Better incentives, enterprising startups, OEMs reignite India EV ambitions
By Atul Ranjan
NEW DELHI, NNA: India's nascent electric vehicle market is poised for a big leap over the next five years with local and foreign players such as incumbent original equipment manufacturers (OEMs) recently charting out bold plans as the country made a renewed push to speed up EV adoption last week.
While growth is currently facing infrastructure and pricing challenges since the ecosystem is still fledging, the future is bright as many firms and startups are ramping up investments to avoid missing the bandwagon after global OEMs announced ambitious plans to roll out EVs in recent months.
After all, the Indian government is offering subsidies and policy support to promote India as a global EV manufacturing hub and the adoption of e-mobility to reduce vehicular emissions in the country.
Last Friday (June 11), the government announced more measures and incentives to accelerate the pace of EV production and adoption which was slowed down following the outbreak of the COVID-19 pandemic last year.
The government decided to increase the sales subsidy for electric two-wheelers by 50 percent.
The ministry of heavy industries and public enterprises has modified the second phase of FAME or 'Faster Adoption and Manufacturing of Electric Vehicles' scheme by increasing subsidies for two-wheelers from 10,000 rupees per kilowatt-hour (kwh) to 15,000 rupees per kwh.
The ministry also announced plans to place bulk orders for electric buses and 300,000 electric three-wheelers through state-owned Energy Efficiency Services Ltd. (EESL). The firm offers energy efficient and clean energy solutions and creates aggregate demand to help manufacturers achieve economies of scale.
The second phase of FAME had aimed to provide incentives totaling 100 billion rupees from April 2019 for three years. The scheme is likely to be extended by another two years.
On the latest revisions of the scheme, Sohinder Gill, director general of Society of Manufacturers of Electric Vehicles (SMEV), said, "It’s an important and admirable decision taken by the government, a move that will bring down the prices of electric two wheelers nearer to the ICE vehicles and remove one of the biggest hurdles of the high sticker price of electric two-wheelers.”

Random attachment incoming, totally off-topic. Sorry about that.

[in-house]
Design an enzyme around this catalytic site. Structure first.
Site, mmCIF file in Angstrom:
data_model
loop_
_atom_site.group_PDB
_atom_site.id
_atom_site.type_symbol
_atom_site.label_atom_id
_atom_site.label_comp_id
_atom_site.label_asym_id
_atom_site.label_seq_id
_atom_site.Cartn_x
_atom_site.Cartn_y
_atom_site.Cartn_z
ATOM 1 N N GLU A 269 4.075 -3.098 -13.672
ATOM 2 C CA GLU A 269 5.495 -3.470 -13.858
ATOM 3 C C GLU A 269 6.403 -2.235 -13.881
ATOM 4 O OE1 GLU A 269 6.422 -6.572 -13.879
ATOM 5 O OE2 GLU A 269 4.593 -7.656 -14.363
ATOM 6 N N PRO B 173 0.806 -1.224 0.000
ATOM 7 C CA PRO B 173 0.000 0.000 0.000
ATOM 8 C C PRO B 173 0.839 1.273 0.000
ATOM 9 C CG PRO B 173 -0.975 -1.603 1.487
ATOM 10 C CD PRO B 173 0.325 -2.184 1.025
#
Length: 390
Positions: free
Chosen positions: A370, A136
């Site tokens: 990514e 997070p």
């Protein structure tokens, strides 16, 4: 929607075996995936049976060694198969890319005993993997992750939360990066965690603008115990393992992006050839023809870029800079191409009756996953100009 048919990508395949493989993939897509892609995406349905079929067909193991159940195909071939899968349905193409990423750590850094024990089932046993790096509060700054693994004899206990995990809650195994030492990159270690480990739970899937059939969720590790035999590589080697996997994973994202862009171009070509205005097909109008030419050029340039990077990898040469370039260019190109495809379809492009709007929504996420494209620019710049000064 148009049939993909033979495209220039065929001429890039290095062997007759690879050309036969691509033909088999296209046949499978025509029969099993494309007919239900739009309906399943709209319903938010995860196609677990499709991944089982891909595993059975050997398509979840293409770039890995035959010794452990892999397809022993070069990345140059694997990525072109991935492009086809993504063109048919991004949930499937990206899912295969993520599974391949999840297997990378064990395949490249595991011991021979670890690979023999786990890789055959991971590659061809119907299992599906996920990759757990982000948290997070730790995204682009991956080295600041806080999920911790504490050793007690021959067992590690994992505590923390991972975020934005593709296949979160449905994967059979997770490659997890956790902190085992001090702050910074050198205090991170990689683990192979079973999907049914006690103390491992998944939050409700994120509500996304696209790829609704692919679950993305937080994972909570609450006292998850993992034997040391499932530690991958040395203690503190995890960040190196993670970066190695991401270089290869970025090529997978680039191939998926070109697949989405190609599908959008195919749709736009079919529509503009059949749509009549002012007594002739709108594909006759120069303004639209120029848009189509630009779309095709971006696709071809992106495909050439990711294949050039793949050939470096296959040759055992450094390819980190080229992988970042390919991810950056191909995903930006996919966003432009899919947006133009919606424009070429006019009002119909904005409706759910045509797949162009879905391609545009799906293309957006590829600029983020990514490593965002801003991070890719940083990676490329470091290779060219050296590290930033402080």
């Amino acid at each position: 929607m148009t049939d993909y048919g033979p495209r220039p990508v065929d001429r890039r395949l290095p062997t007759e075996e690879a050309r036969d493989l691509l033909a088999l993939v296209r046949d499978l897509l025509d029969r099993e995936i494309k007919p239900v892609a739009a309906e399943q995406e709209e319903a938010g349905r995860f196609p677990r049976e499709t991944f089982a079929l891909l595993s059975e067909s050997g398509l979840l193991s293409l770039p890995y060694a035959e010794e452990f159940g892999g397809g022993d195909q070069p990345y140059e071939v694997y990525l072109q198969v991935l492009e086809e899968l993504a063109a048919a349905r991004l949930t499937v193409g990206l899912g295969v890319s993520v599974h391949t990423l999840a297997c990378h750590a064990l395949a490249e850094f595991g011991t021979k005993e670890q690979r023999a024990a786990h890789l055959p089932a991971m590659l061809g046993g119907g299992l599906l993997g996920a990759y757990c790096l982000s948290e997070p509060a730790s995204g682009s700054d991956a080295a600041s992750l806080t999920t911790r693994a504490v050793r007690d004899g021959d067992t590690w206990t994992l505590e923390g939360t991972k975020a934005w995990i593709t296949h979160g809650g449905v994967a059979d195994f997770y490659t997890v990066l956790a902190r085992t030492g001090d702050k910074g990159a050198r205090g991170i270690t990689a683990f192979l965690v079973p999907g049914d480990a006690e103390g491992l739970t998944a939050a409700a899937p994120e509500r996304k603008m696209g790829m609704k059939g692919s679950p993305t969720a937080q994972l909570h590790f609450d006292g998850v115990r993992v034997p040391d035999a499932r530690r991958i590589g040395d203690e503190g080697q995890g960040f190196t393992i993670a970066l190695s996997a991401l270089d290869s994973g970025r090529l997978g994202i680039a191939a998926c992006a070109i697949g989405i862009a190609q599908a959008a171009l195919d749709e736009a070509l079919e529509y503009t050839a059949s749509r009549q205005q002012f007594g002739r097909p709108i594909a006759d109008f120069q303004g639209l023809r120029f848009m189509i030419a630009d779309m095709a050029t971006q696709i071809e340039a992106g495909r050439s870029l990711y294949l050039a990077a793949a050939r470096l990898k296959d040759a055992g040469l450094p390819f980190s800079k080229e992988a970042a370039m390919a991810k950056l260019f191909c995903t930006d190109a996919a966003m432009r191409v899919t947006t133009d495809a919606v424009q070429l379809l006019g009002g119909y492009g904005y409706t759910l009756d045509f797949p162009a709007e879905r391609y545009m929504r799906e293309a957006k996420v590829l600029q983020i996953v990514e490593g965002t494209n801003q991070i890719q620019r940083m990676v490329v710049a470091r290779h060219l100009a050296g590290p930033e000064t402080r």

Gill, who is also the CEO of Hero Electric, a market leader in the electric two-wheeler segment, said with the increase in demand incentives, a city-speed e-scooter (45-50 km/hour) with a range of 100km/per battery charge is likely to cost around 60,000 rupees while a high-speed scooter (70-80 km/hour) with a range of 80 km/charge is expected to have a price tag of about 100,000 rupees, close to that of an ICE two-wheeler.
“Together with the other important factors like extremely low running cost, low maintenance and zero emission, such price levels will surely spur a substantial demand for electric two wheelers,” Gill said, adding that he firmly believes the time has come for mass adoption of electric two wheelers.
The country’s leading two- and three-wheeler OEM TVS Motor Co. forayed into the EV segment last year with the launch of an electric scooter. It also believes the better incentives will boost sales and encourage more local investments in future technology.
Industry veteran Vinay Piparsania, a former executive director at Ford India, told NNA that the revised FAME II scheme with its key focus on electric two-wheeler segment is a “strong acknowledgement” of the certainty that more affordable electric two-wheelers will drive early EV adoption in the country.
He also said the lead taken in bulk buying of electric buses and electric three-wheelers by EESL will help spur demand.